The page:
Feng Xiaogang's The Dream Factory (1997) was heralded as a turning point in Chinese movie industry, a hesui pian (Chinese New Year-screened film) which demonstrated the viability of the commercial model in China's socialist market society. Feng has become the most successful commercial director in the post-1997 era. Almost all his films made high returns domestically[67] while he used ethnic Chinese co-stars like Rosamund Kwan, Jacqueline Wu, Rene Liu and Shu Qi to boost his films' appeal.

In the decade following 2010, owing to the influx of Hollywood films (though the number screened each year is curtailed), Chinese domestic cinema faces mounting challenges. The industry is growing and domestic films are starting to achieve the box office impact of major Hollywood blockbusters. However, not all domestic films are successful financially. In January 2010 James Cameron's Avatar was pulled out from non-3D theaters for Hu Mei's biopic Confucius, but this move led to a backlash on Hu's film.[68] Zhang Yang's 2005 Sunflower also made little money, but his earlier, low-budget Spicy Love Soup (1997) grossed ten times its budget of ¥3 million.[69] Likewise, the 2006 Crazy Stone, a sleeper hit, was made for just 3 million HKD/US$400,000. In 2009–11, Feng's Aftershock (2009) and Jiang Wen's Let the Bullets Fly (2010) became China's highest grossing domestic films, with Aftershock earning ¥670 million (US$105 million)[70] and Let the Bullets Fly ¥674 million (US$110 million).[71] Lost in Thailand (2012) became the first Chinese film to reach ¥1 billion at the Chinese box office and Monster Hunt (2015) became the first to reach CN¥2 billion. As of November 2015, 5 of the top 10 highest-grossing films in China are domestic productions. On February 8, 2016, the Chinese box office set a new single-day gross record, with CN¥660 million, beating the previous record of CN¥425 million on July 18, 2015.[72] Also on February 2016, The Mermaid, directed by Stephen Chow, became the highest-grossing film in China, overtaking Monster Hunt.[73] It is also the first film to reach CN¥3 billion.[74]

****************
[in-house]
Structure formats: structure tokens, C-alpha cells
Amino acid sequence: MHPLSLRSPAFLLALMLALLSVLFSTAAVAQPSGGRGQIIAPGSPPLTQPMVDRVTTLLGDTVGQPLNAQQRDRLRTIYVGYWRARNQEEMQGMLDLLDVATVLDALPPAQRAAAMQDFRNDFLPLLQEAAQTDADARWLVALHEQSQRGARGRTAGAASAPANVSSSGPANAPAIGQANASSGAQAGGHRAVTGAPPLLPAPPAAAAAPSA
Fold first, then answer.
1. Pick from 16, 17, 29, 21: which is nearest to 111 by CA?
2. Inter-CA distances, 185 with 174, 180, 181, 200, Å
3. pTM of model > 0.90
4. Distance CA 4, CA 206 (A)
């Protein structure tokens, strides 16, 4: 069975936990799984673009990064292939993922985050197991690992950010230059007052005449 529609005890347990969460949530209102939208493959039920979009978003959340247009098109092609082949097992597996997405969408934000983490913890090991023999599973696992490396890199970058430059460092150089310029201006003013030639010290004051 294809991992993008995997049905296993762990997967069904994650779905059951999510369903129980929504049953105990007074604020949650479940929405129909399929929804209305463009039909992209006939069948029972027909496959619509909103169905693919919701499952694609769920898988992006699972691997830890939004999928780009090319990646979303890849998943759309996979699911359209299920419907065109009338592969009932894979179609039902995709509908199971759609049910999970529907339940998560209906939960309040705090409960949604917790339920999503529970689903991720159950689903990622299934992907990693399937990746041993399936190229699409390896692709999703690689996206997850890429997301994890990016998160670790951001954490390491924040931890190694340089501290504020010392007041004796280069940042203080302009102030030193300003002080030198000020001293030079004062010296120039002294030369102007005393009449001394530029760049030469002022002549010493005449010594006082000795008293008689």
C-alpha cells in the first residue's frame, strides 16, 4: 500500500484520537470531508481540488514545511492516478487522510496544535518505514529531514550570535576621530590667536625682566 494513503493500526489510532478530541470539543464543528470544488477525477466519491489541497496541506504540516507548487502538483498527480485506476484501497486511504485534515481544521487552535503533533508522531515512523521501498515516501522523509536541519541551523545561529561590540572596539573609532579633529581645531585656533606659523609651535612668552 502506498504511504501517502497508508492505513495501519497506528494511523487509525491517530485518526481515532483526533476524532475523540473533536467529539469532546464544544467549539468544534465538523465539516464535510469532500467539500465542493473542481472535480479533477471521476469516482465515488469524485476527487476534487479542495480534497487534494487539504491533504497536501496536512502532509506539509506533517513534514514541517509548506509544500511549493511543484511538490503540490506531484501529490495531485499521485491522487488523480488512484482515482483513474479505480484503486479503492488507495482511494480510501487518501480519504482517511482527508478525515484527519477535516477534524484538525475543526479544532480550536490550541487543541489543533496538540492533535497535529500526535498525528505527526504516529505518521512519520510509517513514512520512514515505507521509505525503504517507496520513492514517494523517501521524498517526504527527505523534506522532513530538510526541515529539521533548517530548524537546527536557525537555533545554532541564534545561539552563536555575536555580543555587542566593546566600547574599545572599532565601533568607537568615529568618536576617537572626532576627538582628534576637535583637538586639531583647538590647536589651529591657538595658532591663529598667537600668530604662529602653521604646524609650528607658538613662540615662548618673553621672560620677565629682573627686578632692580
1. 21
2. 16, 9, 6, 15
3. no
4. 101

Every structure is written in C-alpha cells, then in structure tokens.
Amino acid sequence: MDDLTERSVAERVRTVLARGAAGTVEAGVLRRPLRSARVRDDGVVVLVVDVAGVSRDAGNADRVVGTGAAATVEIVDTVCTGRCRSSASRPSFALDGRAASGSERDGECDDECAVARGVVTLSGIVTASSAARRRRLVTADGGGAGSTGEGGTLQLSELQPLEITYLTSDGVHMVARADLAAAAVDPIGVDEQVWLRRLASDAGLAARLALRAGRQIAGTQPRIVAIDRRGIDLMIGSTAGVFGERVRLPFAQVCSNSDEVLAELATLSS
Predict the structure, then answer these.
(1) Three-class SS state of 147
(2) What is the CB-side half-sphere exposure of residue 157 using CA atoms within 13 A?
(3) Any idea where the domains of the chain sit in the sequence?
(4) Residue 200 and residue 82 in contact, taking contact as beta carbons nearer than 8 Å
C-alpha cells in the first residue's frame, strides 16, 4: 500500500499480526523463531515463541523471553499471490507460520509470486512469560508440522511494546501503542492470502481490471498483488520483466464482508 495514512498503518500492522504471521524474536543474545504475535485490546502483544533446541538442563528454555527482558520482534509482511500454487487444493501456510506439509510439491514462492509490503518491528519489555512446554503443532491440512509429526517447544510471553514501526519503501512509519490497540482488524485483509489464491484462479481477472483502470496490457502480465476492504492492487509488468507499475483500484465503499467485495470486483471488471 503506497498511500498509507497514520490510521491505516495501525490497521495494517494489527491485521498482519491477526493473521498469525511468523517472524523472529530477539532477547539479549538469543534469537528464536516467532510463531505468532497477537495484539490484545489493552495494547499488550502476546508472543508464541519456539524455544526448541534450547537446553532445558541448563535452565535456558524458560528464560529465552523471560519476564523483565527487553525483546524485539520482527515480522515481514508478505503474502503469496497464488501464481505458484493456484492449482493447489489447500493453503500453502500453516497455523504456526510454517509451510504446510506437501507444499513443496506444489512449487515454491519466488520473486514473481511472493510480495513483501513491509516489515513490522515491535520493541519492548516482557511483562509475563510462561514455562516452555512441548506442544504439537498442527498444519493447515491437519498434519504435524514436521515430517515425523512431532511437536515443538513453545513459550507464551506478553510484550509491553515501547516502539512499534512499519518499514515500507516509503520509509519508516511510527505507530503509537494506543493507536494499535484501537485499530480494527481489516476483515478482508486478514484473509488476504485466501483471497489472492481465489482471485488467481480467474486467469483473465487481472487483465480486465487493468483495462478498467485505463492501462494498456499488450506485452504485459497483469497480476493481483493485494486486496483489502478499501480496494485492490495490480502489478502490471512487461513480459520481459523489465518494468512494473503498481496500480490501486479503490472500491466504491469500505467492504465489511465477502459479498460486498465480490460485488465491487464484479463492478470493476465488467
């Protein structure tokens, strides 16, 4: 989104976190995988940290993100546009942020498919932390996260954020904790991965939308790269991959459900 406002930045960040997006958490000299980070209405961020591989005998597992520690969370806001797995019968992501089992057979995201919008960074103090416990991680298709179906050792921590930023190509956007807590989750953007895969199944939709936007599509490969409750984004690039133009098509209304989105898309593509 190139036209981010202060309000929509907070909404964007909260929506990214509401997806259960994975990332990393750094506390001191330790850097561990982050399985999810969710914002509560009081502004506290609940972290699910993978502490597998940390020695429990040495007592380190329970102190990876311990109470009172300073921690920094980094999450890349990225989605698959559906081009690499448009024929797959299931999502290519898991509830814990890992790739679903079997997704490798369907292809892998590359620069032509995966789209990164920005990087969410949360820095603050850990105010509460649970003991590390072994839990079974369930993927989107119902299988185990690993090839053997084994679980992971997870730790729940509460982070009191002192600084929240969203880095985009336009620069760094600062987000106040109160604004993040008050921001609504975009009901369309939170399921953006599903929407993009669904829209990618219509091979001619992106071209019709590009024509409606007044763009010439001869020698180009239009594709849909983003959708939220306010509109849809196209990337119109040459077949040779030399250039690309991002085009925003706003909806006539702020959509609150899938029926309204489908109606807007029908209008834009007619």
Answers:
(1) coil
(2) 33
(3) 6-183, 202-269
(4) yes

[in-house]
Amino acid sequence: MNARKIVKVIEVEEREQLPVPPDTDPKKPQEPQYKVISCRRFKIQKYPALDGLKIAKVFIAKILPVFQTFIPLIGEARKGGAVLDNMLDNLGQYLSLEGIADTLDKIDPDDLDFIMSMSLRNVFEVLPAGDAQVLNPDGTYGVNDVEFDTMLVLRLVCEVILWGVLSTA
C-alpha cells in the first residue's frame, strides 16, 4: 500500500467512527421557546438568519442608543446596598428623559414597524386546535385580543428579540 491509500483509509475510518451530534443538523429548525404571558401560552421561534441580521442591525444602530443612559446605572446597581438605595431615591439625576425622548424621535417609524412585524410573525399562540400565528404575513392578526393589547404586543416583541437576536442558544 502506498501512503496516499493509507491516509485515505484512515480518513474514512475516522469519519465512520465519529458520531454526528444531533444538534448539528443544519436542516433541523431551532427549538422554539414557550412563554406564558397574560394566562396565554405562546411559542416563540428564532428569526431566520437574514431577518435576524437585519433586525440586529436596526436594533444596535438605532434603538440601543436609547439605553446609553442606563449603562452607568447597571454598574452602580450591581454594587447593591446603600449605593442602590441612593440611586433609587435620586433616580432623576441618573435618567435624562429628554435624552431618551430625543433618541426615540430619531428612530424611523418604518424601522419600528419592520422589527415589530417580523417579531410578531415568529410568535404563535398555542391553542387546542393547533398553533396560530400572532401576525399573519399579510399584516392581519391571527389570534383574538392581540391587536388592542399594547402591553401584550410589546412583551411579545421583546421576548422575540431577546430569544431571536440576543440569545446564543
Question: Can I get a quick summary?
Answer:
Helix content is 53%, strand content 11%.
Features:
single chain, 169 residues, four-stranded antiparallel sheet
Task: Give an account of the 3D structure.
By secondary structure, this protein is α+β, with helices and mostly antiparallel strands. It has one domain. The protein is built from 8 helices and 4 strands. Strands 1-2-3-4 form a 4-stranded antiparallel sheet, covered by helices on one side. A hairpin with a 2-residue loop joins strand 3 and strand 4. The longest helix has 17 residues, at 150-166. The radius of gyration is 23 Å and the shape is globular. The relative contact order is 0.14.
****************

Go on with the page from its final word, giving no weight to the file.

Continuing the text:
Other directors

He Ping is a director of mostly Western-like films set in Chinese locale. His Swordsmen in Double Flag Town (1991) and Sun Valley (1995) explore narratives set in the sparse terrain of West China near the Gobi Desert. His historical drama Red Firecracker, Green Firecracker (1994) won a myriad of prizes home and abroad.

Recent cinema has seen Chinese cinematographers direct some acclaimed films. Other than Zhang Yimou, Lü Yue made Mr. Zhao (1998), a black comedy film well received abroad. Gu Changwei's minimalist epic Peacock (2005), about a quiet, ordinary Chinese family with three very different siblings in the post-Cultural Revolution era, took home the Silver Bear prize for 2005 Berlin International Film Festival. Hou Yong is another cinematographer who made films (Jasmine Women, 2004) and TV series. There are actors who straddle the dual roles of acting and directing. Xu Jinglei, a popular Chinese actress, has made six movies to date. Her second film Letter from an Unknown Woman (2004) landed her the San Sebastián International Film Festival Best Director award. The most highly regarded Chinese actor-director is undoubtedly Jiang Wen, who has directed several critically acclaimed movies while following on his acting career. His directorial debut, In the Heat of the Sun (1994) was the first PRC film to win Best Picture at the Golden Horse Film Awards held in Taiwan. His other films, like Devils on the Doorstep (2000, Cannes Grand Prix) and Let the Bullets Fly (2010), were similarly well received. By the early 2011, Let the Bullets Fly had become the highest grossing domestic film in China's history.[75][76]

Chinese international cinema and successes abroad